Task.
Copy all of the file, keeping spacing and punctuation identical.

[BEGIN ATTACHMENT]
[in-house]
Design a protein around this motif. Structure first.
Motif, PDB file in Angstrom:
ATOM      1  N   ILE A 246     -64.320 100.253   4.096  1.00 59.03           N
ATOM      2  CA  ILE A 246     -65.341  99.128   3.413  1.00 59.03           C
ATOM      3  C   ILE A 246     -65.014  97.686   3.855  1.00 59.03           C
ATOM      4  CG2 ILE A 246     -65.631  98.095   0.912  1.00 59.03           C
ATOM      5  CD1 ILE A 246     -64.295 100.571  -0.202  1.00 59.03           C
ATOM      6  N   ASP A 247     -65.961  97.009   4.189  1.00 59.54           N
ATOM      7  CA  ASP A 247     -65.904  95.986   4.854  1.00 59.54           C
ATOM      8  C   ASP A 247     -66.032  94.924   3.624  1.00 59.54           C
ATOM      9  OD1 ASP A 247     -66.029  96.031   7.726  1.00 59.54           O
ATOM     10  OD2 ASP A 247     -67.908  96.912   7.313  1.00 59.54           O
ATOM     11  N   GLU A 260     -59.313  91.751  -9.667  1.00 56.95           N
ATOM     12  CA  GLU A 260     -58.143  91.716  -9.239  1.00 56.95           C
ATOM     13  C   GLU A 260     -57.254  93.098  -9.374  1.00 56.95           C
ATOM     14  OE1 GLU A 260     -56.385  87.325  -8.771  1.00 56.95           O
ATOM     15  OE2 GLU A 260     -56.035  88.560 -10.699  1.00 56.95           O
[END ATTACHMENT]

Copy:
[in-house]
Design a protein around this motif. Structure first.
Motif, PDB file in Angstrom:
ATOM      1  N   ILE A 246     -64.320 100.253   4.096  1.00 59.03           N
ATOM      2  CA  ILE A 246     -65.341  99.128   3.413  1.00 59.03           C
ATOM      3  C   ILE A 246     -65.014  97.686   3.855  1.00 59.03           C
ATOM      4  CG2 ILE A 246     -65.631  98.095   0.912  1.00 59.03           C
ATOM      5  CD1 ILE A 246     -64.295 100.571  -0.202  1.00 59.03           C
ATOM      6  N   ASP A 247     -65.961  97.009   4.189  1.00 59.54           N
ATOM      7  CA  ASP A 247     -65.904  95.986   4.854  1.00 59.54           C
ATOM      8  C   ASP A 247     -66.032  94.924   3.624  1.00 59.54           C
ATOM      9  OD1 ASP A 247     -66.029  96.031   7.726  1.00 59.54           O
ATOM     10  OD2 ASP A 247     -67.908  96.912   7.313  1.00 59.54           O
ATOM     11  N   GLU A 260     -59.313  91.751  -9.667  1.00 56.95           N
ATOM     12  CA  GLU A 260     -58.143  91.716  -9.239  1.00 56.95           C
ATOM     13  C   GLU A 260     -57.254  93.098  -9.374  1.00 56.95           C
ATOM     14  OE1 GLU A 260     -56.385  87.325  -8.771  1.00 56.95           O
ATOM     15  OE2 GLU A 260     -56.035  88.560 -10.699  1.00 56.95           O